These two types of carbon black may, in essence, be considered to be the limits between which the vast majority of the other carbon blacks will fall, depending upon their hardness properties,
Commercial channel" processes produce a hard-type carbon black which is especially good for automotive tire tread stocks, since it will withstand abrasion and have good physical test properties. However, the yield of carbon black from the channel process is only about 3.5 percent of the carbon content of the feed stock from which it is made. On the other hand, the fumace" process produces a much higher yield of carbon black than the channel process but in many cases the product is of the softer type and less desirable for tire tread stocks. However, the fumace-type blacks have been improved substantially in recent years so that the high yields are still retained while producing hard carbon blacks having properties quite similar to, and, in some cases, superior to those produced by the channel process. It is this latter furnace-type process to which the present invention is directed.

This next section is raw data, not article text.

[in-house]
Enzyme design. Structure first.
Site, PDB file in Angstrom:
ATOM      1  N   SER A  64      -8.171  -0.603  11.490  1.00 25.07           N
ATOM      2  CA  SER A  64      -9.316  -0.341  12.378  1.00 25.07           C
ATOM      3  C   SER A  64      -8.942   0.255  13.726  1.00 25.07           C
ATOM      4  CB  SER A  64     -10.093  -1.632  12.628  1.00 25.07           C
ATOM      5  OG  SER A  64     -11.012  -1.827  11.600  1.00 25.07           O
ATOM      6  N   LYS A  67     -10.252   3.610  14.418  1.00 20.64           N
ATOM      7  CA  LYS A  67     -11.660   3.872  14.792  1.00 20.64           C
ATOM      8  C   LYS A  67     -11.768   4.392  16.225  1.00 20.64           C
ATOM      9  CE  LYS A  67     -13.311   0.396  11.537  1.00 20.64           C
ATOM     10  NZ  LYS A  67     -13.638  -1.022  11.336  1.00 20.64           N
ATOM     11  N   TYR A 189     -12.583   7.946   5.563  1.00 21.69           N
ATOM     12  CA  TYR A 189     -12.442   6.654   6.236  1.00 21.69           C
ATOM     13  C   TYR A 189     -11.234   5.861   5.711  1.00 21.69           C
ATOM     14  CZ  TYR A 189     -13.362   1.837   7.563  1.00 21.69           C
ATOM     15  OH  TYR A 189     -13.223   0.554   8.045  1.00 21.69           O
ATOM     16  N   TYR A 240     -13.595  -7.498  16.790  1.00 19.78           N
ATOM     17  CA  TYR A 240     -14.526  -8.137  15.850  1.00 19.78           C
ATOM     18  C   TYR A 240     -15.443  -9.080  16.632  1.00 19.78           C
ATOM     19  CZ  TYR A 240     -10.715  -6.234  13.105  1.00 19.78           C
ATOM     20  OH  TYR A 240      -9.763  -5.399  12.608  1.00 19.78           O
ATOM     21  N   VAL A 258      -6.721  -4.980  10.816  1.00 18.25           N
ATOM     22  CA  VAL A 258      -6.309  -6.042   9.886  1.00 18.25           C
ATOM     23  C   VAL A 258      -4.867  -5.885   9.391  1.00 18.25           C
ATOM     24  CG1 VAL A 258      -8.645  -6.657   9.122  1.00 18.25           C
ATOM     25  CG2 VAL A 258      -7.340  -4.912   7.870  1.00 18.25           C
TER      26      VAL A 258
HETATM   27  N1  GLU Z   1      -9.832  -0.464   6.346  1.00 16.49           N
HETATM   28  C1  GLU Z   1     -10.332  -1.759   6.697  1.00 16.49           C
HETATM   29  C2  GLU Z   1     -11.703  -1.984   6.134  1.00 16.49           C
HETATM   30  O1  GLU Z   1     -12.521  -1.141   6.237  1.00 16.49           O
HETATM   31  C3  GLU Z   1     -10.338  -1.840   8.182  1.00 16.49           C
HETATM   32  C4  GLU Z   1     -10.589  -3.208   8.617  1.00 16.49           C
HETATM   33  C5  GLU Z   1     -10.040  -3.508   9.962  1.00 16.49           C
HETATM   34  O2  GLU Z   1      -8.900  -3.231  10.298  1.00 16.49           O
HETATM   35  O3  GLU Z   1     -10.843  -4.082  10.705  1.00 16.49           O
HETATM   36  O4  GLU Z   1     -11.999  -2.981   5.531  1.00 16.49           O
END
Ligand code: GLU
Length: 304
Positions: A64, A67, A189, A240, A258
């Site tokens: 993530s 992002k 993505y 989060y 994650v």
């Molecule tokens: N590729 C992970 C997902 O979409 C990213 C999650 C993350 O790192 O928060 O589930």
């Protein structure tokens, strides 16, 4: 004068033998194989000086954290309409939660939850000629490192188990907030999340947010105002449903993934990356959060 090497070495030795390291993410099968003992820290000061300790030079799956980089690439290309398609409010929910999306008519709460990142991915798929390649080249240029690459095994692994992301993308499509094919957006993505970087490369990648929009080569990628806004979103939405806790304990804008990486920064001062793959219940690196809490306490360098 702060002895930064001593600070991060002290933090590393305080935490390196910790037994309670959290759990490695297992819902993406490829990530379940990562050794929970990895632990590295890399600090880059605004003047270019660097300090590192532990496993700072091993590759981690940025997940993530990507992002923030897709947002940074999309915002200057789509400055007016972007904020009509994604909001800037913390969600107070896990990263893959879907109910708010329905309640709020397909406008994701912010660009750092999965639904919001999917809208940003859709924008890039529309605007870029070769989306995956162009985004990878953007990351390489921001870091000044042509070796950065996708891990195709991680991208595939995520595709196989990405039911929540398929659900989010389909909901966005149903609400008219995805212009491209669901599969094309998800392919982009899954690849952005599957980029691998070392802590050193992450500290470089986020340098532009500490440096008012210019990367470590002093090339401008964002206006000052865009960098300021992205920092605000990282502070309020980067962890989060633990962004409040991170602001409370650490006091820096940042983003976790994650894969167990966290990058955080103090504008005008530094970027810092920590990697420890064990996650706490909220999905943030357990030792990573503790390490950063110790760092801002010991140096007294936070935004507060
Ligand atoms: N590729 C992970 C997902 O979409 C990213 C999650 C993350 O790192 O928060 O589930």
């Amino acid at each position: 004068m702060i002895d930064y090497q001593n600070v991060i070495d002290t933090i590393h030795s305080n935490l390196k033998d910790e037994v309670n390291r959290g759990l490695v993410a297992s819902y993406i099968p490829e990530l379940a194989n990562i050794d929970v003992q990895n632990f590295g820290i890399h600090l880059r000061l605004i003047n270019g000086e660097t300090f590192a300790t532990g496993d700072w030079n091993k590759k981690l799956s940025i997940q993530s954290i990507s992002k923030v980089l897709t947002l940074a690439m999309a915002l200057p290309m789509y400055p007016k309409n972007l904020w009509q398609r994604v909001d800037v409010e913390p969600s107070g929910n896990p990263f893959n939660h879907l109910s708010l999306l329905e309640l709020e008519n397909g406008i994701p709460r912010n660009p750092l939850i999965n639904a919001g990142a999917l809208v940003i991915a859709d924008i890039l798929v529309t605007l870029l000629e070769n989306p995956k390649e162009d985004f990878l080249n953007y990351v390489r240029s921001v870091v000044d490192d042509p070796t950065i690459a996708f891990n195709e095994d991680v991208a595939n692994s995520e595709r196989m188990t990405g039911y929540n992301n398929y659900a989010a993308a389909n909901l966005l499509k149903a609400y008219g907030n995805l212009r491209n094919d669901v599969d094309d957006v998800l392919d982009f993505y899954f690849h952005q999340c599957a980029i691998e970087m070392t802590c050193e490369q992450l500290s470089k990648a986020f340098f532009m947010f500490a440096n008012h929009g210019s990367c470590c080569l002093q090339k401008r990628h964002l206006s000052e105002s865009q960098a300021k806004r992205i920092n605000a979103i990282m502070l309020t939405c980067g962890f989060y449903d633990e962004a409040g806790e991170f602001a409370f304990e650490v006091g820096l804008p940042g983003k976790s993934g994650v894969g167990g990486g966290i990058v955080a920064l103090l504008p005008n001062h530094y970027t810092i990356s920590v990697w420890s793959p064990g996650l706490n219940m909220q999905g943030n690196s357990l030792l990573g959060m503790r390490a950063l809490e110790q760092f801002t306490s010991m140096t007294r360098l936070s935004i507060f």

In general, the furnace process comprises decomposing hydrocarbons by heat generated by burning a portion of the hydrocarbon feed stock itself and/or by the substantially complete combustion of a second, and generally different, hydrocarbon. The hydrocarbon feed stock employed, the method of injecting the reactants into the reactor, the reaction temperature, reaction time, peripheral velocity and turbulence of the reaction mass in the reaction chamber, ratio of refractory surface to reaction chamber volume, among other things, are all variables which determine the grade of the carbon black, as well as the quality of a particular grade. Since the reactants and the reaction themselves have, to a great extent, limited possibilities of improvement, a great deal of recent research, which has led to many modifications and improvements of the furnace process, has dealt with the reaction equipment itself and its utilization.